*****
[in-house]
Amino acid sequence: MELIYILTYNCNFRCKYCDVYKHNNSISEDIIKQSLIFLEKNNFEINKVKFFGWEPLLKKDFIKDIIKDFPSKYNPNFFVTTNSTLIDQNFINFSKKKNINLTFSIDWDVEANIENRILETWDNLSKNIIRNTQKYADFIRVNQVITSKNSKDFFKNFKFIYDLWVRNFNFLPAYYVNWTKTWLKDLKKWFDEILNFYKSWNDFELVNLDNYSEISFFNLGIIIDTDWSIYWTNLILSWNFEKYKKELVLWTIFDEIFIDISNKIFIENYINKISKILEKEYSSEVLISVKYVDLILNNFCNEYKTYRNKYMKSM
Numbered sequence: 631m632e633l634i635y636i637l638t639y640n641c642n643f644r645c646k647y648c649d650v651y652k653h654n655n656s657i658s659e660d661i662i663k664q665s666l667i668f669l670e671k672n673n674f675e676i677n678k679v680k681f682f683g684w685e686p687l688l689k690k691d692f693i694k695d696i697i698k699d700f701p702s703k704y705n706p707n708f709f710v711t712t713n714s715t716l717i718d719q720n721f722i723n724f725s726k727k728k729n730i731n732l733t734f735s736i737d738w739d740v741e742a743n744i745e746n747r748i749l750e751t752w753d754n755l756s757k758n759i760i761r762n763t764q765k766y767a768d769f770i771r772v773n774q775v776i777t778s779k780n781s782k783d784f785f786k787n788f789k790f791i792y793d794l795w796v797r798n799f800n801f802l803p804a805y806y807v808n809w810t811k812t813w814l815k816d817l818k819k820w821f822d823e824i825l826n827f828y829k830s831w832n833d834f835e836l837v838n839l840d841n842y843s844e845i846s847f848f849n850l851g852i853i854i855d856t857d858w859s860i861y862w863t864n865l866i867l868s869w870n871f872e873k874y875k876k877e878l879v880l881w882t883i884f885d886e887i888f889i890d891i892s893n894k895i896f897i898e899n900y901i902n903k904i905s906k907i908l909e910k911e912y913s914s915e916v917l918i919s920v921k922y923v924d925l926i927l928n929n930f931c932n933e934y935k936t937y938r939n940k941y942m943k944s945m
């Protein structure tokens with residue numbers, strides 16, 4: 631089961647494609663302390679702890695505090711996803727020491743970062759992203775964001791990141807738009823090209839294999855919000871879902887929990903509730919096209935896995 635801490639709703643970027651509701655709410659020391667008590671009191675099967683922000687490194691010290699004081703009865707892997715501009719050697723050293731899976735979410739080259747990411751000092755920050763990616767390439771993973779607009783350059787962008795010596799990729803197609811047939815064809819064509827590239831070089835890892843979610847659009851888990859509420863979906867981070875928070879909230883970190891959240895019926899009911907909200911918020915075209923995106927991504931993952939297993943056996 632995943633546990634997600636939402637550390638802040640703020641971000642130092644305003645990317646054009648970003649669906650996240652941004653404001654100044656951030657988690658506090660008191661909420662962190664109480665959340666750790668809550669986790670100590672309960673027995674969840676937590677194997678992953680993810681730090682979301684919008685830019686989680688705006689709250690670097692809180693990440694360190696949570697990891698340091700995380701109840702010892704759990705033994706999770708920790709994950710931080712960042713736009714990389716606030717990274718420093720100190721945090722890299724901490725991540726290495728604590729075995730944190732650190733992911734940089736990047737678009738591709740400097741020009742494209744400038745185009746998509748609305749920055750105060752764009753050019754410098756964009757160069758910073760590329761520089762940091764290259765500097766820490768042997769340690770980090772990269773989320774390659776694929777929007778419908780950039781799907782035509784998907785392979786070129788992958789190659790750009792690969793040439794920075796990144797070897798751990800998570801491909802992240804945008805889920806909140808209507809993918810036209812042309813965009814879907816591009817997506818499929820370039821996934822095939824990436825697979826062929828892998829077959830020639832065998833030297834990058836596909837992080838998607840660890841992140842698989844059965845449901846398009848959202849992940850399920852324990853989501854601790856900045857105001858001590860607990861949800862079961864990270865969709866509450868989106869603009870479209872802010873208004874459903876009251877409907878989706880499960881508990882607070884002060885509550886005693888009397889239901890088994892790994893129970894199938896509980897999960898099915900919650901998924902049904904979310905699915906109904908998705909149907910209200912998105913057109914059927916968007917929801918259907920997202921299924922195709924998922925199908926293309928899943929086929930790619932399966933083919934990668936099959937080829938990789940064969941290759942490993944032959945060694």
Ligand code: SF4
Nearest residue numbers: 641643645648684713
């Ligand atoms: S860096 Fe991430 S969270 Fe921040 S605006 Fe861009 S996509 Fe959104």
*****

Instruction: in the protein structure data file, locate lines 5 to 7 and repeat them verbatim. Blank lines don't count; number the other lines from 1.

Ligand code: SF4
Nearest residue numbers: 641643645648684713
């Ligand atoms: S860096 Fe991430 S969270 Fe921040 S605006 Fe861009 S996509 Fe959104």